Author: Joe Hill
First Published: 2010
Page Count: 447
Film/ TV Adaptation: Yes*
Rating: 5/5 Stars
*Best Book of 2015 on Without a Book
Horns will remind readers why they fell in love with reading.
*Sickening Villain *Engrossing Story
“The people you love should be allowed to keep their worst to themselves.” Ignatius Perrish wakes one morning with a very vague recollection of the previous night’s events, a hellish hangover, and two horns protruding from his skull. As Ig tries to make sense of the new additions to his body, he learns that with the horns he has a new set of powers. He wants to return to normal, but even more than that, he wants to find the killer of his girlfriend, Merrin, a phantom that has haunted him for a year after her death. If his newly acquired powers can help him find her murderer, Ig might decide to take said powers for a little spin…
What on earth did I just read?! A horror story? Ehhhh not really. A crime novel? That almost describes it, but that’s still not really what I’d characterize it as. Wikipedia labels it as dark fantasy. I’d label it as AWESOME. Hill has written one of the most demented, ignorant, psycho of villains that I absolutely wanted to see die a thousand torturous deaths (although I was very satisfied with the author’s choice for the villain’s final scene of the book), but that is not the sole reason this book works so well. Mostly everything in the book could happen in real life which makes it feel like a crime novel. However, Hill weaves just the right amount of fantasy by turning the main character into the devil so he can have his due. It’s such a nice little peppering of supernatural that you almost forget it’s there. Instead of having the novel be an extremely dark look at a vengeful boyfriend searching for his girlfriend’s killer, adding the horn element to the story infuses humor, magic, and even a bit of romance where there wouldn’t have been any. And to top it off, the devil is kind of the hero of the story; we are rooting for the eternal nemesis of God. Or at least the guy that seems to resemble him.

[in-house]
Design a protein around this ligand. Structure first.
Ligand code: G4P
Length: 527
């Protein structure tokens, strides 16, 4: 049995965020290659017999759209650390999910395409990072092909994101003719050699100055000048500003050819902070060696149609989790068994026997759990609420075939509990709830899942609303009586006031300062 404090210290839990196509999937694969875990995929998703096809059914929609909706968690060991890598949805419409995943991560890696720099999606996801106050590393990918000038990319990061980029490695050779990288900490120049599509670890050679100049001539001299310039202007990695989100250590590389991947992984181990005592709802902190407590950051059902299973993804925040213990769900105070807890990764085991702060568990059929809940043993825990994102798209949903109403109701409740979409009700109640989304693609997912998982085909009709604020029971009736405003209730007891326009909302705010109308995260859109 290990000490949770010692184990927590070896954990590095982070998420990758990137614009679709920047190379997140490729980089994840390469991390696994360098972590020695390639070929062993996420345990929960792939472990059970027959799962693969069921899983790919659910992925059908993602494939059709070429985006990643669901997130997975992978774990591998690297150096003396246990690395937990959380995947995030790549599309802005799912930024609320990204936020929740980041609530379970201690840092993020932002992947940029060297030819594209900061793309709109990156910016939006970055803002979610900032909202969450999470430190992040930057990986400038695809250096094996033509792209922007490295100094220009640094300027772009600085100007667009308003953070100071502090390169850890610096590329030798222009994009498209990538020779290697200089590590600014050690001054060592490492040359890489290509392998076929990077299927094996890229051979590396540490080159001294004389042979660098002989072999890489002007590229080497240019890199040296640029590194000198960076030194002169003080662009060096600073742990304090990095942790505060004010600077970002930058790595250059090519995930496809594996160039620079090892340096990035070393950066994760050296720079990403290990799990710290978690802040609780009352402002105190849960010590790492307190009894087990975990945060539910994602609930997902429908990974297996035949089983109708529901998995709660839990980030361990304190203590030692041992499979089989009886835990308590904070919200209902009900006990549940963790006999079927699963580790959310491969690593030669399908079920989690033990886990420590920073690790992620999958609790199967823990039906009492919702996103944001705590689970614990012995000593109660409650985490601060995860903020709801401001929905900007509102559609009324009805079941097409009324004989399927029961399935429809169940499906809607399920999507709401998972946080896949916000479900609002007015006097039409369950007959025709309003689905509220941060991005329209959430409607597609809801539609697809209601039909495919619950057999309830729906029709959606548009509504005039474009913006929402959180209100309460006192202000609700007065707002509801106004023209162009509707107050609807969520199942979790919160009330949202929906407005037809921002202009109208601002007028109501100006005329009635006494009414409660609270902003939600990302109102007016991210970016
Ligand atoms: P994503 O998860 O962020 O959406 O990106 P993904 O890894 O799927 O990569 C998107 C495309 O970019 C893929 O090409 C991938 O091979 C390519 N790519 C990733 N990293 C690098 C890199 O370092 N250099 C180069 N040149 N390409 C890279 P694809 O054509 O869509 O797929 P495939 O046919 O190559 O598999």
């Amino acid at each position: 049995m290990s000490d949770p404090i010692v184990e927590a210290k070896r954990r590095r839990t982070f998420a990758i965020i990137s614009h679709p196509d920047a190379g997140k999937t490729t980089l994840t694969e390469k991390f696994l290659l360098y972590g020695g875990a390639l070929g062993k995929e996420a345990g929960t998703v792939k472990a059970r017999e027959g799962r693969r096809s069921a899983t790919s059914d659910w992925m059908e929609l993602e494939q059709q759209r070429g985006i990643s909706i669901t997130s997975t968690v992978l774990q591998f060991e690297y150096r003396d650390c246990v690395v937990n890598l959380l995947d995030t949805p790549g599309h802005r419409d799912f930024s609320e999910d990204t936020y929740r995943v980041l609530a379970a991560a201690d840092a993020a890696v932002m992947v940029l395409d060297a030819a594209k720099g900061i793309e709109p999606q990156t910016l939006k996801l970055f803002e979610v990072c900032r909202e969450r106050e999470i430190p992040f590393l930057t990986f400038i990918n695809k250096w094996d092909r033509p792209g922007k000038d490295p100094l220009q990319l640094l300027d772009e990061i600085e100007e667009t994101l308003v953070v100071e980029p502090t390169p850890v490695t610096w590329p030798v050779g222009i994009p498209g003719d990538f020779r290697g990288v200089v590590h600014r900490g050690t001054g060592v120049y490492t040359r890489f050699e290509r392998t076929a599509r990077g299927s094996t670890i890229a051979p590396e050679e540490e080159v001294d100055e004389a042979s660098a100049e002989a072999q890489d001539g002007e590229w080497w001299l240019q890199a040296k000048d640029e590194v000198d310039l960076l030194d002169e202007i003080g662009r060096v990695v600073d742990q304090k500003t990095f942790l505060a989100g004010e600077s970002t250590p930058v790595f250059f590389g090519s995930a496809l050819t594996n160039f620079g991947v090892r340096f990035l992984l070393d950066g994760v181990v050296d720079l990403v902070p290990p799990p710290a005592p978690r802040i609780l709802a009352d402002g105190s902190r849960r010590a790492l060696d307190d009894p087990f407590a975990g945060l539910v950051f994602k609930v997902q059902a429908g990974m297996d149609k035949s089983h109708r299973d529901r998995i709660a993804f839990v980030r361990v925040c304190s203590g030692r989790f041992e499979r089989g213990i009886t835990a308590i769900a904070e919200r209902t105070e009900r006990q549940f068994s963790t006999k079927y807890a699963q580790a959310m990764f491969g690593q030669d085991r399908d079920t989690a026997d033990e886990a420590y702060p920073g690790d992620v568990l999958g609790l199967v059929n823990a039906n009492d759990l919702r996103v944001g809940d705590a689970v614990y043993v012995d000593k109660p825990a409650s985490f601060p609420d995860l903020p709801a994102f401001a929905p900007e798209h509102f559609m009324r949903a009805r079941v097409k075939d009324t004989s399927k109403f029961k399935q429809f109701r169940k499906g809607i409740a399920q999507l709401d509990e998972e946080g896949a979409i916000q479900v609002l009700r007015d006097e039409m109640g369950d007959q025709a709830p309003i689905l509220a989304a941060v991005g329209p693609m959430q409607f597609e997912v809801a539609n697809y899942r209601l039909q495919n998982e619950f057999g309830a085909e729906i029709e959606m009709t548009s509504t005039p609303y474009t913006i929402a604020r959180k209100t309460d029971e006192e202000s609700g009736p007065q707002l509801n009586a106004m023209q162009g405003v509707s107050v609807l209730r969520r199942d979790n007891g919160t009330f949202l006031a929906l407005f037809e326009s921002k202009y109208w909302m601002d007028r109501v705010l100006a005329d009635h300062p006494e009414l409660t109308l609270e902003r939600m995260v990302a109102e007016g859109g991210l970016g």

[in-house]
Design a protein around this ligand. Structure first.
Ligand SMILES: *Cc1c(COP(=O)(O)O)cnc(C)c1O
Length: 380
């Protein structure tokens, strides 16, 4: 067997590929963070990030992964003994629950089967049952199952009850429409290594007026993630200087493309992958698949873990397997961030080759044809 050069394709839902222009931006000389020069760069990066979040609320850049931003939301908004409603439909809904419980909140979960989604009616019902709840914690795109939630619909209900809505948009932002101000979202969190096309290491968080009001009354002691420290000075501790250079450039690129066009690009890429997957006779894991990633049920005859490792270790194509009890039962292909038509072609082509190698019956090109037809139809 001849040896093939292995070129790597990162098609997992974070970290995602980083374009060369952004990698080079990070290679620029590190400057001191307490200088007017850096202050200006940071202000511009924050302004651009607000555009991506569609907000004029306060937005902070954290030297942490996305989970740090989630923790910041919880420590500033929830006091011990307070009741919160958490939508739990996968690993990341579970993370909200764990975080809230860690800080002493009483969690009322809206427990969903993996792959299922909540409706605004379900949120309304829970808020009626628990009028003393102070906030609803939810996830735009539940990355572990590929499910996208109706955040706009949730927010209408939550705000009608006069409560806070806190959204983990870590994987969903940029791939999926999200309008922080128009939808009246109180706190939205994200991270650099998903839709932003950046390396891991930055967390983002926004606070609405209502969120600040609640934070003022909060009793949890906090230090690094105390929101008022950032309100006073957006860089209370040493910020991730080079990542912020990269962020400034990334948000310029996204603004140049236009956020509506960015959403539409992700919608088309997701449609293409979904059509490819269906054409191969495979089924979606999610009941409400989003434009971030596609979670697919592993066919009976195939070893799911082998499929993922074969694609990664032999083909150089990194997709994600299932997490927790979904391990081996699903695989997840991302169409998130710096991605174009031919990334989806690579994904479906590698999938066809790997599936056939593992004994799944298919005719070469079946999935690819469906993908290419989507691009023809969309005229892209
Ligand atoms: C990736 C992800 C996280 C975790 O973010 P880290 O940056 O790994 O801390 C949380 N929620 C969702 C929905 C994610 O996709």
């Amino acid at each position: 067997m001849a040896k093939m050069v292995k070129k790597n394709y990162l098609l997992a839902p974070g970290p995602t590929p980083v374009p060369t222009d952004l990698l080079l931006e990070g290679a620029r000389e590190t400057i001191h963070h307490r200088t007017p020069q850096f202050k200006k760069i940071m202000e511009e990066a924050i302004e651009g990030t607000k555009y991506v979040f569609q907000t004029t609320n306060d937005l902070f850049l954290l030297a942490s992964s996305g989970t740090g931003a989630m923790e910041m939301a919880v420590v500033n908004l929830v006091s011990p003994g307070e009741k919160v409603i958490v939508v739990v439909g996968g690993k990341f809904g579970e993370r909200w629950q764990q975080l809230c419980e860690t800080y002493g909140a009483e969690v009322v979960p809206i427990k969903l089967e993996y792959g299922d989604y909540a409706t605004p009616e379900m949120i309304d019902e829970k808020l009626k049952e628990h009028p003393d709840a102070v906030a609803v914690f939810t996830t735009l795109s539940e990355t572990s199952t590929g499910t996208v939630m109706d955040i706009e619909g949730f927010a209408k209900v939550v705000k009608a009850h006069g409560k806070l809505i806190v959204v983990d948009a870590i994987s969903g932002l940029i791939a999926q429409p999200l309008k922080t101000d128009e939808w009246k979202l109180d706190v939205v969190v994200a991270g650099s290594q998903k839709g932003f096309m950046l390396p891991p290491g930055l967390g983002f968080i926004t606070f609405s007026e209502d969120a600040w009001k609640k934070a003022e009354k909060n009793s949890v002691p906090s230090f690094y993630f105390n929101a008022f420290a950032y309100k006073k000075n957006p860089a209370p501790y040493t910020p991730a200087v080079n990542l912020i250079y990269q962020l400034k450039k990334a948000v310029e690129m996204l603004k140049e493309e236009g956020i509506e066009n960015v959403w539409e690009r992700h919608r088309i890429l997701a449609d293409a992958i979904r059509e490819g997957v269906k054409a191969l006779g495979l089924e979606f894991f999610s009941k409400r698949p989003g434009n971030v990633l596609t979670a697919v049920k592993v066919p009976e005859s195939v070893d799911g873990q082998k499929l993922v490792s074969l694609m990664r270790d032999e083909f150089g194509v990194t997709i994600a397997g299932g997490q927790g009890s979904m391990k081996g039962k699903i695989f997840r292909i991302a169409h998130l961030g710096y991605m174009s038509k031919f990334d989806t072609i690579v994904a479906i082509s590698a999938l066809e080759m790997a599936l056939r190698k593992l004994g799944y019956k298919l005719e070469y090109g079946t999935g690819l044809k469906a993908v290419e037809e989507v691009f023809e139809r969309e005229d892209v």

I could not put this book down and, subsequently, found nothing to complain about. The story is just brilliant. Events unfold and people say things that you just can’t predict which shock you and keep you turning those pages long into the night. Also finding out midway through the book that Joe Hill is Stephen King’s son kind of took the story to another level of awesomeness, even if he clearly doesn’t want to be associated with his father so he can make his own way in the literary world. Totally respect that, but still…mind.was.blown. Now I’ve got to catch the movie adaptation on Netflix (not that I have any hope it will do the book justice) and I will most definitely be reading more from this author. I highly suggest you do the same.
* Film Adaptation: (Starring Daniel Radcliffe, 2013)